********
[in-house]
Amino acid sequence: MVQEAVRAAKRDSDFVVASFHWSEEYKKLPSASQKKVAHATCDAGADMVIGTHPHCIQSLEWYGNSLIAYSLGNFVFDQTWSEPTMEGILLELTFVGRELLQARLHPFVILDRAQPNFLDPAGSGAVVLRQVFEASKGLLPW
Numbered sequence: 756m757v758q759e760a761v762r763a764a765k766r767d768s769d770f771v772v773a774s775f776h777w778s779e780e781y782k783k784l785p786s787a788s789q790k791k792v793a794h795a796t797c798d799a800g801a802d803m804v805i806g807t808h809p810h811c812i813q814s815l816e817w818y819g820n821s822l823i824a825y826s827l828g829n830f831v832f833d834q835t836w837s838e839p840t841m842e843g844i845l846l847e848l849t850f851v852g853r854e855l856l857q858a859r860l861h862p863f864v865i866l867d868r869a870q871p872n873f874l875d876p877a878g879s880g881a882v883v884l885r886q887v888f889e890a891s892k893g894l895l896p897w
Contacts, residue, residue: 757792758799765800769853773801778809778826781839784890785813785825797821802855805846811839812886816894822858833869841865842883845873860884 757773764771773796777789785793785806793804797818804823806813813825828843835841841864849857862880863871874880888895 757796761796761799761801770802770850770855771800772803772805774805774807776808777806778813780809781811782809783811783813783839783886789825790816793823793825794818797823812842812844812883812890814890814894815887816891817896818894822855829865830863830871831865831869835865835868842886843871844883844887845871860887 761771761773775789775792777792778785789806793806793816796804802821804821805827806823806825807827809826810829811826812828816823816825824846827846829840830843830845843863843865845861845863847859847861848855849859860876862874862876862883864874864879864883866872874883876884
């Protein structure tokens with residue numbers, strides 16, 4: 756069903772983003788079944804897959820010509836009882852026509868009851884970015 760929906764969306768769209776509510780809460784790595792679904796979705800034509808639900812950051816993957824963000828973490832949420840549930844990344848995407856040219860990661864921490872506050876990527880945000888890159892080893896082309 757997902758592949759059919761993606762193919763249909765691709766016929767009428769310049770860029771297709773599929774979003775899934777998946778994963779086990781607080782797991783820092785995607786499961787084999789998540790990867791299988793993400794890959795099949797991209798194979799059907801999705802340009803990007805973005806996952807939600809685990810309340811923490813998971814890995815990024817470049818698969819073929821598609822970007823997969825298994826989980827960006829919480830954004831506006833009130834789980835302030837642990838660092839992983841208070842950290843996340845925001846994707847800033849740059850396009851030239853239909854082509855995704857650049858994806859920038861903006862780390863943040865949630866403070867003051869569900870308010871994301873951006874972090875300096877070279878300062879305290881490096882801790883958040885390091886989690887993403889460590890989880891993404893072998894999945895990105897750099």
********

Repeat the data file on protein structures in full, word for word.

[in-house]
Amino acid sequence: MVQEAVRAAKRDSDFVVASFHWSEEYKKLPSASQKKVAHATCDAGADMVIGTHPHCIQSLEWYGNSLIAYSLGNFVFDQTWSEPTMEGILLELTFVGRELLQARLHPFVILDRAQPNFLDPAGSGAVVLRQVFEASKGLLPW
Numbered sequence: 756m757v758q759e760a761v762r763a764a765k766r767d768s769d770f771v772v773a774s775f776h777w778s779e780e781y782k783k784l785p786s787a788s789q790k791k792v793a794h795a796t797c798d799a800g801a802d803m804v805i806g807t808h809p810h811c812i813q814s815l816e817w818y819g820n821s822l823i824a825y826s827l828g829n830f831v832f833d834q835t836w837s838e839p840t841m842e843g844i845l846l847e848l849t850f851v852g853r854e855l856l857q858a859r860l861h862p863f864v865i866l867d868r869a870q871p872n873f874l875d876p877a878g879s880g881a882v883v884l885r886q887v888f889e890a891s892k893g894l895l896p897w
Contacts, residue, residue: 757792758799765800769853773801778809778826781839784890785813785825797821802855805846811839812886816894822858833869841865842883845873860884 757773764771773796777789785793785806793804797818804823806813813825828843835841841864849857862880863871874880888895 757796761796761799761801770802770850770855771800772803772805774805774807776808777806778813780809781811782809783811783813783839783886789825790816793823793825794818797823812842812844812883812890814890814894815887816891817896818894822855829865830863830871831865831869835865835868842886843871844883844887845871860887 761771761773775789775792777792778785789806793806793816796804802821804821805827806823806825807827809826810829811826812828816823816825824846827846829840830843830845843863843865845861845863847859847861848855849859860876862874862876862883864874864879864883866872874883876884
């Protein structure tokens with residue numbers, strides 16, 4: 756069903772983003788079944804897959820010509836009882852026509868009851884970015 760929906764969306768769209776509510780809460784790595792679904796979705800034509808639900812950051816993957824963000828973490832949420840549930844990344848995407856040219860990661864921490872506050876990527880945000888890159892080893896082309 757997902758592949759059919761993606762193919763249909765691709766016929767009428769310049770860029771297709773599929774979003775899934777998946778994963779086990781607080782797991783820092785995607786499961787084999789998540790990867791299988793993400794890959795099949797991209798194979799059907801999705802340009803990007805973005806996952807939600809685990810309340811923490813998971814890995815990024817470049818698969819073929821598609822970007823997969825298994826989980827960006829919480830954004831506006833009130834789980835302030837642990838660092839992983841208070842950290843996340845925001846994707847800033849740059850396009851030239853239909854082509855995704857650049858994806859920038861903006862780390863943040865949630866403070867003051869569900870308010871994301873951006874972090875300096877070279878300062879305290881490096882801790883958040885390091886989690887993403889460590890989880891993404893072998894999945895990105897750099």